Top critical review
124 people found this helpful
Does NOT filter harmful contaminants! (Not equivalent product.)
on August 24, 2012
The WSS-1 is not equivalent to the manufacturer's recommended filter. I noticed that the description didn't mention removal of harmful contaminants (ANSI 53), so I emailed Water Sentinel. Getting no reply to my email, I phoned their customer service and they confirmed that the filter DOES NOT meet ANSI 53 for removal of harmful contaminants.
My refrigerator is a Samsung RFG298AARS. The owner's manual specifies a Samsung model DA29-00003G filter, which is certified to meet both ANSI 42 (aesthetic effects, such as chlorine taste), and ANSI 53 (health effects, such as cysts, lead, benzene, asbestos, mercury). If you buy the WSS-1 you are buying a cartridge that is certified only to make water taste better, not to make it safer.
Water Sentinels own product literature states: "This filter (WSS-1) should not be used with water that is microbiologically unsafe or of unknown quality, without adequate disinfection before and or after the filter. This filter has been tested by the manufacturer against ANSI/NSF Standard 42 for the reduction of Chlorine, Tastes and Odors."
NSF/ANSI Standard 42: Drinking Water Treatment Units - Aesthetic Effects. Designed to reduce specific aesthetic or non-health-related contaminants (chlorine, taste and odor, and particulates) that may be present in public or private drinking water.
NSF/ANSI Standard 53: Drinking Water Treatment Units - Health Effects. Designed to reduce specific health-related contaminants, such as Cryptosporidium, Giardia, lead, volatile organic chemicals (VOCs), MTBE (methyl tertiary-butyl ether), that may be present in public or private drinking water.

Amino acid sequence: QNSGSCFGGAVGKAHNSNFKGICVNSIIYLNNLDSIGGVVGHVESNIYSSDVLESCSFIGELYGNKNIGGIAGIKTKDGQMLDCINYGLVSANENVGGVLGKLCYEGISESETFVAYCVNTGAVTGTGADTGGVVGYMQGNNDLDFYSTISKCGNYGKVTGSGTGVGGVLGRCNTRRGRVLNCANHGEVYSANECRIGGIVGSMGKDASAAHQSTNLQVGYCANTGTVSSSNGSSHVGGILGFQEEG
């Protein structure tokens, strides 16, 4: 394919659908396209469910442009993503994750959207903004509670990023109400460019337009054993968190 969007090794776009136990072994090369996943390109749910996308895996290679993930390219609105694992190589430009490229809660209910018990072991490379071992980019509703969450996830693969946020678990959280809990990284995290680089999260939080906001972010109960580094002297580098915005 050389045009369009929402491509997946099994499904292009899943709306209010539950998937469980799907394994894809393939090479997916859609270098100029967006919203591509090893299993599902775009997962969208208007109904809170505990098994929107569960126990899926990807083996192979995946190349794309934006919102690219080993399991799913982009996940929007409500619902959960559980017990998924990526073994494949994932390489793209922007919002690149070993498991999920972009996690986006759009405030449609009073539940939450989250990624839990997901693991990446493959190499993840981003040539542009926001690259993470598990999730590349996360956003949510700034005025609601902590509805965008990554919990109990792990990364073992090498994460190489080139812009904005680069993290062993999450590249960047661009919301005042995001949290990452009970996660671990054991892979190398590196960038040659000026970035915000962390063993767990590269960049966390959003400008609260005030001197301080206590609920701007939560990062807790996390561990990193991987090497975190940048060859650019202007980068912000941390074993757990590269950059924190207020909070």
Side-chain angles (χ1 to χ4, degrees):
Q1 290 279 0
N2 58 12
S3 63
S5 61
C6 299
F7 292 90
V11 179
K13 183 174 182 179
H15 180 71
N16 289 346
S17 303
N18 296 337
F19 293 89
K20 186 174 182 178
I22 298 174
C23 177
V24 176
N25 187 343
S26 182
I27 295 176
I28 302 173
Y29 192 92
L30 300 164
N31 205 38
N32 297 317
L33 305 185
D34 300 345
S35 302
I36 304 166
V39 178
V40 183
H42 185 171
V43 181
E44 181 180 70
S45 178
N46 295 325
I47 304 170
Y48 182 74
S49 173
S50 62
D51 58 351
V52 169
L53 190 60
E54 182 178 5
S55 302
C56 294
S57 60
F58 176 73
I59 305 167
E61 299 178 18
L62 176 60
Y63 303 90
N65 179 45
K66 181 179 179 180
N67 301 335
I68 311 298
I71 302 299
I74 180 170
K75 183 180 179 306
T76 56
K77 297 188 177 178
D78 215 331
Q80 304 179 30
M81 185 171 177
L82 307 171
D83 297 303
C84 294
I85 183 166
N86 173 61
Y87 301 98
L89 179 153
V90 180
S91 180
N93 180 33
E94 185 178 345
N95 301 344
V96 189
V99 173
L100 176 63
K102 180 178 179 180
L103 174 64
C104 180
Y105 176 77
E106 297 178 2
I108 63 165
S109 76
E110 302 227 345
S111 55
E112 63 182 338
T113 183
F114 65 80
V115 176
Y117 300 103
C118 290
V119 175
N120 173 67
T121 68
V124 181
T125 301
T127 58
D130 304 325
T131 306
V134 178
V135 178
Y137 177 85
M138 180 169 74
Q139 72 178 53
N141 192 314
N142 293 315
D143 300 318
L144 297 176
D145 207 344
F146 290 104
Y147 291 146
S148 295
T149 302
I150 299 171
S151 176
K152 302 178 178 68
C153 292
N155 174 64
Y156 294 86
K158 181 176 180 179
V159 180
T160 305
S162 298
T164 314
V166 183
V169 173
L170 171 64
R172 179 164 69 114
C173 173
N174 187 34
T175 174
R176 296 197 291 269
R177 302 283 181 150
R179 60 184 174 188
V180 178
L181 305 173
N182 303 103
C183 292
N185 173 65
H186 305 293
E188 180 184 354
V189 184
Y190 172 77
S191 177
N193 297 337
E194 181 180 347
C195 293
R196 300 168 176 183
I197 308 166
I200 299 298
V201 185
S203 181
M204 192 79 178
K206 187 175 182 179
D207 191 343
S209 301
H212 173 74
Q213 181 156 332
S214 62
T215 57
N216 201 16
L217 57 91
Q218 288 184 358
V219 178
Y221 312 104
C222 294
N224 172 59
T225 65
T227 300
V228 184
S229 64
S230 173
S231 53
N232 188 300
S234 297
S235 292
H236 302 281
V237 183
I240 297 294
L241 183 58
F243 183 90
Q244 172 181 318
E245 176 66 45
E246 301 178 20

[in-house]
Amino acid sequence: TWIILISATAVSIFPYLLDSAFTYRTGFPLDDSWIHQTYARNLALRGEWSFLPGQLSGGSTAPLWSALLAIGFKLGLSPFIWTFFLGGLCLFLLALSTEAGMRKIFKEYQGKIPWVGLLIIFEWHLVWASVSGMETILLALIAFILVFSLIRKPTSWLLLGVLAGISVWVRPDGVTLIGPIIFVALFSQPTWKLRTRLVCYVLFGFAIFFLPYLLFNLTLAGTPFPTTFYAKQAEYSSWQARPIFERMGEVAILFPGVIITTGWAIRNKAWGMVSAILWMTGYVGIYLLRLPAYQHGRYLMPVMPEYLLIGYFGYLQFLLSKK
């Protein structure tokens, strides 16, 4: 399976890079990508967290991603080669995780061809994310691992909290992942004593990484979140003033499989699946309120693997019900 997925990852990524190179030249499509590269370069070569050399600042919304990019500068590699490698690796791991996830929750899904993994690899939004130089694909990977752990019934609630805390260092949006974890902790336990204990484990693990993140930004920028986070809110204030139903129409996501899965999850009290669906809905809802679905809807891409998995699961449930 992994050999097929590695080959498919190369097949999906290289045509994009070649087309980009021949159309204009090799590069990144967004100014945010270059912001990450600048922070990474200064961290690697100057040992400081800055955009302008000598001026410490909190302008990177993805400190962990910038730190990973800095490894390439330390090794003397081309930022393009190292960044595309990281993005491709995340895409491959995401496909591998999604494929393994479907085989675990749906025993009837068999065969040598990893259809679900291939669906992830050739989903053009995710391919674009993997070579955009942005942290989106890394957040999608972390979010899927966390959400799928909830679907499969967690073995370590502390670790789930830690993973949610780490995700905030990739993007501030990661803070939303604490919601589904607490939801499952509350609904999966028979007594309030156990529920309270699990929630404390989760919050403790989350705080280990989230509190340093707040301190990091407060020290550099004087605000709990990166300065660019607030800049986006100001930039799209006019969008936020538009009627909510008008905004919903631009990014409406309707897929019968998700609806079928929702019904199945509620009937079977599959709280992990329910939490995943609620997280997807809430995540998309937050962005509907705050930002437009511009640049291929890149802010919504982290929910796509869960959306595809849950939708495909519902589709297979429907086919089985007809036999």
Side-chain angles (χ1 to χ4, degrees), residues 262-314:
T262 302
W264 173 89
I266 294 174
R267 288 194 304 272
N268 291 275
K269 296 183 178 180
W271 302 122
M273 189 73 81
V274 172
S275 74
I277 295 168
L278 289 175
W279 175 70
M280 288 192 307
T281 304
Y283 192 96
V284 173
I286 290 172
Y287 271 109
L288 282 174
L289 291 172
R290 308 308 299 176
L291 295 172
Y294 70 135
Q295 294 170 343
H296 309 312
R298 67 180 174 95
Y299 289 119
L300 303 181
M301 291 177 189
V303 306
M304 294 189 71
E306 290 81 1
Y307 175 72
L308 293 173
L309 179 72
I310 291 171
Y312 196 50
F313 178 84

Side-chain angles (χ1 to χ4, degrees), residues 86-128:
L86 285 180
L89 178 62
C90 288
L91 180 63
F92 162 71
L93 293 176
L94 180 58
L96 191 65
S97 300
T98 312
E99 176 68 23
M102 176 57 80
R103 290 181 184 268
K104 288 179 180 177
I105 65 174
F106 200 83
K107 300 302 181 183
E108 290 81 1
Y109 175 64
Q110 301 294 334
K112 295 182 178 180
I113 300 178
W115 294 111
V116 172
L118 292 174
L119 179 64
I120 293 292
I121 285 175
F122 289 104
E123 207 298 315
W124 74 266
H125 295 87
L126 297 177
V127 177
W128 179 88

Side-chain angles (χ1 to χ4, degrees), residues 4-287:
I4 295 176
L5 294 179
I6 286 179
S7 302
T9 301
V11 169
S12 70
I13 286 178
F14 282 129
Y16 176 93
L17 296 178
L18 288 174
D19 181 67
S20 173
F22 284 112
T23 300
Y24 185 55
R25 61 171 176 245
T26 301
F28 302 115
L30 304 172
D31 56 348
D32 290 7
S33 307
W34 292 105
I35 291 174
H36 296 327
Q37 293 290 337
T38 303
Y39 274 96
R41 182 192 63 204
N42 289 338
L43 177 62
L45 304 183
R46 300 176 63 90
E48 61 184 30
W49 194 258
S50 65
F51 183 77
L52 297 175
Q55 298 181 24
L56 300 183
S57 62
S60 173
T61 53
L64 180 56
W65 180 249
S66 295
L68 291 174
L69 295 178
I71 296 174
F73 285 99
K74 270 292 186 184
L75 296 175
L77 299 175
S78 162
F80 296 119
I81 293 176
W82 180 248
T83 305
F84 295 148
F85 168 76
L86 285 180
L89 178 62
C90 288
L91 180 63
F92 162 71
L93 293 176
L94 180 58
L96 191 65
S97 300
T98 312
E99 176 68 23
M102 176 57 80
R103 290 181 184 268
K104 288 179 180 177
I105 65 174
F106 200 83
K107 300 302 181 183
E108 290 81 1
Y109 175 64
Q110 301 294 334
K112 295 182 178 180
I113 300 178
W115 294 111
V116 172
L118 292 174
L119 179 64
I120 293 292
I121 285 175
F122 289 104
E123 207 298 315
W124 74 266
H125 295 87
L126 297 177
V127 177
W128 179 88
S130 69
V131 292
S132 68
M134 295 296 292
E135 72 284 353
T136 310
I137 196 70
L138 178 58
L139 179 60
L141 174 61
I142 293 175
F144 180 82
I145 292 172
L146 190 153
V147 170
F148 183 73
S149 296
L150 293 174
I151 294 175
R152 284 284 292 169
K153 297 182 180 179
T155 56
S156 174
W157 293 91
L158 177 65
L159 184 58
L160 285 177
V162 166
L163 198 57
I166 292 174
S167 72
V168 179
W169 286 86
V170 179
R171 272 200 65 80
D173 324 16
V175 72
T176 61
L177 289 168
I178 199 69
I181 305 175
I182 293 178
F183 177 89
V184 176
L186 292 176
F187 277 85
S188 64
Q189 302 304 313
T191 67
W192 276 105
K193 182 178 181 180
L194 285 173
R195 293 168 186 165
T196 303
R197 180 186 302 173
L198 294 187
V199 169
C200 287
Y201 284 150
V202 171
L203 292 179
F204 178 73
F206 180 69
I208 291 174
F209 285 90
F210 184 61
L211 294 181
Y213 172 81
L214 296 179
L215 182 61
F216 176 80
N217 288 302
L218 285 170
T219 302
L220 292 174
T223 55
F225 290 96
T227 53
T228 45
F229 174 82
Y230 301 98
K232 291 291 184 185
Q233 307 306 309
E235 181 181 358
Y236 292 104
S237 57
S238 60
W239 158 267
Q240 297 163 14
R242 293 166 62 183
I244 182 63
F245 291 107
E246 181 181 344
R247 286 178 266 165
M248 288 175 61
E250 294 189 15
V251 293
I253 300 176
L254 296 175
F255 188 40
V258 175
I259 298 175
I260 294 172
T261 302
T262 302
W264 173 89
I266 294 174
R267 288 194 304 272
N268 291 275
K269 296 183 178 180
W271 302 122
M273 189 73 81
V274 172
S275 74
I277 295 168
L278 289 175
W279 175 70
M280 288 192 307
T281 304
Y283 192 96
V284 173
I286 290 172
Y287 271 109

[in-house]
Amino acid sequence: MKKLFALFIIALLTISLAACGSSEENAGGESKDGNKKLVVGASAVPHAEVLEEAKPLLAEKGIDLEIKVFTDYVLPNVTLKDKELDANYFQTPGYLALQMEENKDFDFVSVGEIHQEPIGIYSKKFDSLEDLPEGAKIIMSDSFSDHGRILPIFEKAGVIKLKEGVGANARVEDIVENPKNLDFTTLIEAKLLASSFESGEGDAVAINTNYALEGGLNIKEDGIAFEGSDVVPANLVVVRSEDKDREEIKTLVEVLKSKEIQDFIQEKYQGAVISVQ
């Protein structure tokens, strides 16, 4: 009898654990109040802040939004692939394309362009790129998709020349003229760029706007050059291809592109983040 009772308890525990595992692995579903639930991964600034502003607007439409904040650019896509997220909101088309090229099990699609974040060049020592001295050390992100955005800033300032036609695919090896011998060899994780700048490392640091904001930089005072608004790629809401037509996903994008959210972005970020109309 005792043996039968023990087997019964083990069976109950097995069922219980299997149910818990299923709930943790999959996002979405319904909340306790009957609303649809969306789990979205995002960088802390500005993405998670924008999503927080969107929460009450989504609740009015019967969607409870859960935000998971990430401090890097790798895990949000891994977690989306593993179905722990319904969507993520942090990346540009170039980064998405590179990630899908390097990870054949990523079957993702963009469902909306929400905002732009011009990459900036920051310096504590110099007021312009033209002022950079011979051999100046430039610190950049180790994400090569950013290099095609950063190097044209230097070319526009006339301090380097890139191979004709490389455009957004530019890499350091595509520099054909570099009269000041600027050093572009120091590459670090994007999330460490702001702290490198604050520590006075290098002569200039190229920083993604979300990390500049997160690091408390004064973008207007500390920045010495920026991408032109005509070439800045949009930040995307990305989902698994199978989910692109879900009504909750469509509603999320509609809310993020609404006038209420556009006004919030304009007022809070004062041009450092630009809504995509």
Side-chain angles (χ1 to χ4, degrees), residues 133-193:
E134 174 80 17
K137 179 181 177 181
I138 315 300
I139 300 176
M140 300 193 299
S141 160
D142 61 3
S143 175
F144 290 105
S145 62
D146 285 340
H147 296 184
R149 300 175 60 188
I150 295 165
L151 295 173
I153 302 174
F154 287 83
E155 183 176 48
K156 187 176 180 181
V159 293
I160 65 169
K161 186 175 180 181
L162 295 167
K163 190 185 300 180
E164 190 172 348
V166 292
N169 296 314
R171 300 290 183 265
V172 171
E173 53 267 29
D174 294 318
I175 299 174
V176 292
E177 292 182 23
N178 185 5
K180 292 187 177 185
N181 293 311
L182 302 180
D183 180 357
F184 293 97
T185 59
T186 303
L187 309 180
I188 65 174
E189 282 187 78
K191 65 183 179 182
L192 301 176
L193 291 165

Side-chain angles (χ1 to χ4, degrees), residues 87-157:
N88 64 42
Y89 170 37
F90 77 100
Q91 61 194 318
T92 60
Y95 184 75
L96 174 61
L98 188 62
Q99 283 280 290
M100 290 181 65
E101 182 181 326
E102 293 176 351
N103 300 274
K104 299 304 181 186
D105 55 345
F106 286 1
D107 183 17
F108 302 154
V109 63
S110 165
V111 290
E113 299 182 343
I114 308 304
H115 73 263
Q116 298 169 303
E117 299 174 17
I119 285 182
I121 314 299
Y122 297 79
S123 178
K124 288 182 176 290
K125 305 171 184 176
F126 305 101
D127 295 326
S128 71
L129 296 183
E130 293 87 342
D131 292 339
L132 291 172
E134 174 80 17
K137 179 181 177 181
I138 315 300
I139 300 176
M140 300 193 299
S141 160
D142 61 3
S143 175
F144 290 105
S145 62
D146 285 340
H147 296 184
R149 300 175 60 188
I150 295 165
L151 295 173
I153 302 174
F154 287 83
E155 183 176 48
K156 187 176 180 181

[Source: the National Sanitation Foundation (NSF)]
Conclusion: I strongly recommend buying a filter that meets both ANSI 42 and ANSI 53 certifications and the manufacturer's specs, such as the DA29-00003G or an equivalent product. The Water Sentinel WSS-1 does NOT meet both standards. Water Sentinel's own literature warns against using the filter if your water is "microbiologically unsafe," putting the onus of safety assurance on the consumer. If you knew it was always safe, you wouldn't need a filter. I bought the DA29-0003G, I have owned several now with no problems. It costs a bit more, but does what I expect a filter to do--make the water safer while also making it taste good. (If a comparable product comes along with a lower cost, and the same certifications, I will consider it.)